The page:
Algae bloom and churn in Lake Erie, shown in this image from the NASA Terra satellite’s MODIS sensor taken on February 20, 2012. Many of the greenish colors in the Lake are associated with algal blooms, whereas the murky yellow/brown colors are probably associated more with sediment input from the river mouth to the west. NOAA is engaged in monitoring phytoplankton levels in the Lake along with assessing whether these blooms are harmful to human and fish species, especially since these winter blooms in Lake Erie may trigger impacts much later in the year.
Nutrient input into Lake Erie is magnified due to its relatively shallow depth, making ideal conditions for phytoplankton blooms. However, as winter turns into spring and summer, the waters warm and the phytoplankton die, the bacteria involved in decaying the phytoplankton shells consume large amounts of oxygen in the Lake, creating hypoxic “dead zones.”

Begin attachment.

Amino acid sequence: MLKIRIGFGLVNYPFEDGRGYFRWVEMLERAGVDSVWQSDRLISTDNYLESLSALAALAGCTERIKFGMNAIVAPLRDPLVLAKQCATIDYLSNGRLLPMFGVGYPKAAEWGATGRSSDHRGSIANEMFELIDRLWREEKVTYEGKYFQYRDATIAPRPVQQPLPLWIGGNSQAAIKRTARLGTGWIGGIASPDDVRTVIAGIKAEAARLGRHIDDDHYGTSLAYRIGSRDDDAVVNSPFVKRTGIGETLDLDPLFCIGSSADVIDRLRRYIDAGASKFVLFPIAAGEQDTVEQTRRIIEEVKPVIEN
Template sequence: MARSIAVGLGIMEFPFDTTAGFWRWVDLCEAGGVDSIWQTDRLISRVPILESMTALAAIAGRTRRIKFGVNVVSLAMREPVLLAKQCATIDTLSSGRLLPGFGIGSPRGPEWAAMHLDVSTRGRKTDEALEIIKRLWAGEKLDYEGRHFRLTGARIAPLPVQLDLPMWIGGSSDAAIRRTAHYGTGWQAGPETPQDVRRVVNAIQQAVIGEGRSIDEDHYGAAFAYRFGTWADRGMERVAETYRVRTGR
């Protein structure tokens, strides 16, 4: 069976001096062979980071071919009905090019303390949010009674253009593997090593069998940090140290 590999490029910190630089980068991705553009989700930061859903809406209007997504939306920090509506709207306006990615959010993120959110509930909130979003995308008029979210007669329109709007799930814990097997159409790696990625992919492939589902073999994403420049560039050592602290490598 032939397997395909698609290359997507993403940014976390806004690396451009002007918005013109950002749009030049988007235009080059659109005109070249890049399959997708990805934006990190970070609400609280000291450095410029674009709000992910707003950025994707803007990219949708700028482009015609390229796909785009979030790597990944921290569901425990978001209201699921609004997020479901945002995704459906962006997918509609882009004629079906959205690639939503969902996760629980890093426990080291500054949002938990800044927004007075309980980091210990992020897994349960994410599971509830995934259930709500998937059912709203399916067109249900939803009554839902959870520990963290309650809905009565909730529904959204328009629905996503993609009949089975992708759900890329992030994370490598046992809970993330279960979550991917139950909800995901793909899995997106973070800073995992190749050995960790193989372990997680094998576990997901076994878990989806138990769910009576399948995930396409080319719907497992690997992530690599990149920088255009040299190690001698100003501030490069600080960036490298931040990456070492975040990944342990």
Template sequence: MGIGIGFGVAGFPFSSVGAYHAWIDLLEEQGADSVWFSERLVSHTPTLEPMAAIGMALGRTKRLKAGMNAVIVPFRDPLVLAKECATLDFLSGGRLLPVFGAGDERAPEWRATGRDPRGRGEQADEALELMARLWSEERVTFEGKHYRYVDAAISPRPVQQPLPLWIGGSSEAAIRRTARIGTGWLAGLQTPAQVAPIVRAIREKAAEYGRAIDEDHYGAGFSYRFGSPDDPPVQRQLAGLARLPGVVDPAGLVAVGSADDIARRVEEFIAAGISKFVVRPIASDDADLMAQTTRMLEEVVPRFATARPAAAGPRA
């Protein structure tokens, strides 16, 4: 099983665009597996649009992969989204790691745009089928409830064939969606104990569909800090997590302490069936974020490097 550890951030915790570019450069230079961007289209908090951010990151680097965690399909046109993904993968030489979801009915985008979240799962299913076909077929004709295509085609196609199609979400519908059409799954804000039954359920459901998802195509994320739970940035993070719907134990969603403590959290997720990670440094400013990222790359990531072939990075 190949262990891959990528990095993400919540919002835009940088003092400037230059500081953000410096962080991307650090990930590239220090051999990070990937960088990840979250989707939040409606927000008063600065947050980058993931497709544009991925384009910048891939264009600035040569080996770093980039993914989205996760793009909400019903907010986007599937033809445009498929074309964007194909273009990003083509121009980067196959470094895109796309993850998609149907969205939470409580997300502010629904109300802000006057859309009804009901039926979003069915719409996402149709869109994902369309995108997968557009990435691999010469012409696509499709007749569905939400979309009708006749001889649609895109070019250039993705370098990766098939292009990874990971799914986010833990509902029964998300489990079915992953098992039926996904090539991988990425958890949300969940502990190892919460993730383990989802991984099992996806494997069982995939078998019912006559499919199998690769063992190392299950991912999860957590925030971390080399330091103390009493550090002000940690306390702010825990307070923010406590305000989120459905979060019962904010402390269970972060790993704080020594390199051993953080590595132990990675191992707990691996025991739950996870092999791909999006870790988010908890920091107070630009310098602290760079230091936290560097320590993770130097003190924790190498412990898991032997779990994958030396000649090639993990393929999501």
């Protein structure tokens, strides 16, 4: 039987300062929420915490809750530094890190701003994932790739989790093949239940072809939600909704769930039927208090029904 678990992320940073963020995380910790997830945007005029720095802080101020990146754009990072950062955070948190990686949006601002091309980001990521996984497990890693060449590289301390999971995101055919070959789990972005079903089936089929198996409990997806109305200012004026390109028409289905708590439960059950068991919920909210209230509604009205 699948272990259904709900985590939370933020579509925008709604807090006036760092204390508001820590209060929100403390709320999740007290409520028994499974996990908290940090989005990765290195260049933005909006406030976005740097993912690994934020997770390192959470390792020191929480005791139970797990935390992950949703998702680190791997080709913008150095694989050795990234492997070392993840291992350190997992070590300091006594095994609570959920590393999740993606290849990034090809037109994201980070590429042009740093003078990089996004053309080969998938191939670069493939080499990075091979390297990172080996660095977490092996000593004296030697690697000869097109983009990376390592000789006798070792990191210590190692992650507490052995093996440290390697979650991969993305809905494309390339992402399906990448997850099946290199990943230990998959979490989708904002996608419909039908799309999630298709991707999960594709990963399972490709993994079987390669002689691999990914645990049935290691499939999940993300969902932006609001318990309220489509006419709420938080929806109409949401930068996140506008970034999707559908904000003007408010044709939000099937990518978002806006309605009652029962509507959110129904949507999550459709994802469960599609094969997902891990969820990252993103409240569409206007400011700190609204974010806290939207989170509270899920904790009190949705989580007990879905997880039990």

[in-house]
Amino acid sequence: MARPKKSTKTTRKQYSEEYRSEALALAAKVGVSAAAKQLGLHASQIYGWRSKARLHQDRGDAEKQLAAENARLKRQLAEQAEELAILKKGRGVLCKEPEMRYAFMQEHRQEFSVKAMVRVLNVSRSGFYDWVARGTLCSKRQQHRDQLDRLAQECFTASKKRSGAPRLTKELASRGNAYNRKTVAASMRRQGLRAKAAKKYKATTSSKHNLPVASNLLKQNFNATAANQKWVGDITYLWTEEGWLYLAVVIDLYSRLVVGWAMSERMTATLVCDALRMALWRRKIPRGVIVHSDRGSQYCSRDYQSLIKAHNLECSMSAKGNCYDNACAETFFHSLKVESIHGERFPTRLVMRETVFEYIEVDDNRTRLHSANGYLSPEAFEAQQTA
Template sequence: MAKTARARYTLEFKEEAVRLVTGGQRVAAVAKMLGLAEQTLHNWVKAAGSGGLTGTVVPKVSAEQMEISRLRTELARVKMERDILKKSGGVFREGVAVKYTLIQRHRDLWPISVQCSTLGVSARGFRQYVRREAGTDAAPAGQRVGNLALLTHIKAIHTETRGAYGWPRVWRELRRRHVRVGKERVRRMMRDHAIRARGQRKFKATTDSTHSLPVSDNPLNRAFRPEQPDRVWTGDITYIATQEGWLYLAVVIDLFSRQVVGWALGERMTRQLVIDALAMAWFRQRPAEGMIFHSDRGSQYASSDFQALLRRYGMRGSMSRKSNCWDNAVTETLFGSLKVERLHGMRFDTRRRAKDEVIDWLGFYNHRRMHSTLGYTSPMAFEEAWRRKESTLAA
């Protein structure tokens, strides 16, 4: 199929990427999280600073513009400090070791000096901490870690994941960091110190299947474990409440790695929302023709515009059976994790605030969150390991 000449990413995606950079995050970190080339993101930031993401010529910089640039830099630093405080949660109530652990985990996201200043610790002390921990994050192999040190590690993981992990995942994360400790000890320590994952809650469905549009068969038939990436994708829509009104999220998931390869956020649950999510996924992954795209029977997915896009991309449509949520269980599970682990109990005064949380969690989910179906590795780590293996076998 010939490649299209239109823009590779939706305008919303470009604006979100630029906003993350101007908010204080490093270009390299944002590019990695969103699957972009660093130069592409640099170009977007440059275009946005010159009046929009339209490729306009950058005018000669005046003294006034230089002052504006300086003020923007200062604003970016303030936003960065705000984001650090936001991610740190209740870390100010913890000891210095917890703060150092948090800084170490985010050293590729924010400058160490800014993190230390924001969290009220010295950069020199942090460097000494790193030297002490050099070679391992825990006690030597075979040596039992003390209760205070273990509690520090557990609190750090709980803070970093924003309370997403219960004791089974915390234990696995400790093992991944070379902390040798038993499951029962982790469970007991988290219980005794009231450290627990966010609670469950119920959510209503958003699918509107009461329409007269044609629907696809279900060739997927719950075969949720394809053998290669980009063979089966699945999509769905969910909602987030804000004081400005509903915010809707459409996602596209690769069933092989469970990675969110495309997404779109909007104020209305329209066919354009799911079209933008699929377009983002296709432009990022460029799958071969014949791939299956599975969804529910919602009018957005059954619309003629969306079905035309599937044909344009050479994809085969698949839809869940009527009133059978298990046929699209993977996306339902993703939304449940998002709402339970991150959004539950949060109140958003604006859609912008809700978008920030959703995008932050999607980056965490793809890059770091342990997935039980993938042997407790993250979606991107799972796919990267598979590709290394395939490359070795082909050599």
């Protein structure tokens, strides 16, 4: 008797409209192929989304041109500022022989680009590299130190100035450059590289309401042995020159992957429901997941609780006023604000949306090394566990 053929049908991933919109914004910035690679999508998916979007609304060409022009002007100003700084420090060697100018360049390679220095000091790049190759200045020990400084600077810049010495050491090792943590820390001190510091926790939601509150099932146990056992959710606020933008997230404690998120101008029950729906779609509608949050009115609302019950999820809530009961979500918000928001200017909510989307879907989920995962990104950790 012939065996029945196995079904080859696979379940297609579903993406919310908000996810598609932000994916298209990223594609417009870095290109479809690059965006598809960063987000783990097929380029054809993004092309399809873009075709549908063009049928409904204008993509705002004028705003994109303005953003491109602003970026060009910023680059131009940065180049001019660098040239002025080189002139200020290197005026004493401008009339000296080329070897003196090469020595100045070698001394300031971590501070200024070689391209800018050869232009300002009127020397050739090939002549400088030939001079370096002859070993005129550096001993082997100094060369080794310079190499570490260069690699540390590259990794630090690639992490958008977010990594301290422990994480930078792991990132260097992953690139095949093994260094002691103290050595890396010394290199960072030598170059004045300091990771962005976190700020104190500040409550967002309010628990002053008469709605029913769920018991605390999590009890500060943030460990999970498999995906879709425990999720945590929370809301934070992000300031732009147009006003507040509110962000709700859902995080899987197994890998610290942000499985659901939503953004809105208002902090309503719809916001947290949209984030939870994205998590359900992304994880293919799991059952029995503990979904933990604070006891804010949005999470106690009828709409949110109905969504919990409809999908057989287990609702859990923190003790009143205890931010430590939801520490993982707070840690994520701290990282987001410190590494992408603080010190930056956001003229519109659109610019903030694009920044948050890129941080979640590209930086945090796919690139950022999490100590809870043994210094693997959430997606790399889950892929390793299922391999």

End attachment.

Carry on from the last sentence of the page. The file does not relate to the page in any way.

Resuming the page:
Surface algae are especially apparent this year, as most of Lake Erie never froze over – a stark contrast to the ice conditions of last year. Algae-rich waters can also be seen flowing along the Niagara River into Lake Ontario, which is otherwise mostly devoid of large algal blooms. Blooms in Lake Ontario are mostly constrained to the shallow coastal areas near the Niagara input, as opposed to the deep offshore zones.